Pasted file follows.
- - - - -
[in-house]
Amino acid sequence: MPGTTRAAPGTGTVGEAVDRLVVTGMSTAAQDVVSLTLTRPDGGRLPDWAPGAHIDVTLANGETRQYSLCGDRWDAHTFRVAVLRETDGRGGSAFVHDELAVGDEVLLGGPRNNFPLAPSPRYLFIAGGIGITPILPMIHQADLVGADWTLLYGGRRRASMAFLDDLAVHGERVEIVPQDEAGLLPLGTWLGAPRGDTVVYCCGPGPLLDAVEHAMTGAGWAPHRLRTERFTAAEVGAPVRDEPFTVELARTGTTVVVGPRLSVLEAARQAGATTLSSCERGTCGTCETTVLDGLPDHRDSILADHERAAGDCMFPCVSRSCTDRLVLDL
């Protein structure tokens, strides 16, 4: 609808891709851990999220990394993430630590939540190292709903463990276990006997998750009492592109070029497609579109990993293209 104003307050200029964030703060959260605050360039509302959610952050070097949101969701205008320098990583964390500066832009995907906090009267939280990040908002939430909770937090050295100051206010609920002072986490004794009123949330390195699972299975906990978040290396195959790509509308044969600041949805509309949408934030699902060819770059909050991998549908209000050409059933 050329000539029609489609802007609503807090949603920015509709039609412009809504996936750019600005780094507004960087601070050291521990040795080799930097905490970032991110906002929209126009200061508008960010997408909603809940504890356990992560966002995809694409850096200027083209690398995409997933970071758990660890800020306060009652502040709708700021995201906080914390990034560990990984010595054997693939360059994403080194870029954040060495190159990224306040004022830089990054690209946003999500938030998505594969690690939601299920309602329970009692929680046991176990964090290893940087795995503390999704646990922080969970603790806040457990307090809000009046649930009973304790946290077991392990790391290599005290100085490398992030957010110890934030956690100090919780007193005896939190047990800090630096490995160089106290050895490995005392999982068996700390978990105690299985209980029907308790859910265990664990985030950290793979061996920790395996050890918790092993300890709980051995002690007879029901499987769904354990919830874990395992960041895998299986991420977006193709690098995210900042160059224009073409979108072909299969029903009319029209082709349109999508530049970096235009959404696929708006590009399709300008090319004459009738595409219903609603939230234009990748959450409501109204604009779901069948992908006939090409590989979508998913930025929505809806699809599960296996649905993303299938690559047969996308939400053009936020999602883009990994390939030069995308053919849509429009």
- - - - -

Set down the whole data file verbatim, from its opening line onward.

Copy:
[in-house]
Amino acid sequence: MPGTTRAAPGTGTVGEAVDRLVVTGMSTAAQDVVSLTLTRPDGGRLPDWAPGAHIDVTLANGETRQYSLCGDRWDAHTFRVAVLRETDGRGGSAFVHDELAVGDEVLLGGPRNNFPLAPSPRYLFIAGGIGITPILPMIHQADLVGADWTLLYGGRRRASMAFLDDLAVHGERVEIVPQDEAGLLPLGTWLGAPRGDTVVYCCGPGPLLDAVEHAMTGAGWAPHRLRTERFTAAEVGAPVRDEPFTVELARTGTTVVVGPRLSVLEAARQAGATTLSSCERGTCGTCETTVLDGLPDHRDSILADHERAAGDCMFPCVSRSCTDRLVLDL
């Protein structure tokens, strides 16, 4: 609808891709851990999220990394993430630590939540190292709903463990276990006997998750009492592109070029497609579109990993293209 104003307050200029964030703060959260605050360039509302959610952050070097949101969701205008320098990583964390500066832009995907906090009267939280990040908002939430909770937090050295100051206010609920002072986490004794009123949330390195699972299975906990978040290396195959790509509308044969600041949805509309949408934030699902060819770059909050991998549908209000050409059933 050329000539029609489609802007609503807090949603920015509709039609412009809504996936750019600005780094507004960087601070050291521990040795080799930097905490970032991110906002929209126009200061508008960010997408909603809940504890356990992560966002995809694409850096200027083209690398995409997933970071758990660890800020306060009652502040709708700021995201906080914390990034560990990984010595054997693939360059994403080194870029954040060495190159990224306040004022830089990054690209946003999500938030998505594969690690939601299920309602329970009692929680046991176990964090290893940087795995503390999704646990922080969970603790806040457990307090809000009046649930009973304790946290077991392990790391290599005290100085490398992030957010110890934030956690100090919780007193005896939190047990800090630096490995160089106290050895490995005392999982068996700390978990105690299985209980029907308790859910265990664990985030950290793979061996920790395996050890918790092993300890709980051995002690007879029901499987769904354990919830874990395992960041895998299986991420977006193709690098995210900042160059224009073409979108072909299969029903009319029209082709349109999508530049970096235009959404696929708006590009399709300008090319004459009738595409219903609603939230234009990748959450409501109204604009779901069948992908006939090409590989979508998913930025929505809806699809599960296996649905993303299938690559047969996308939400053009936020999602883009990994390939030069995308053919849509429009």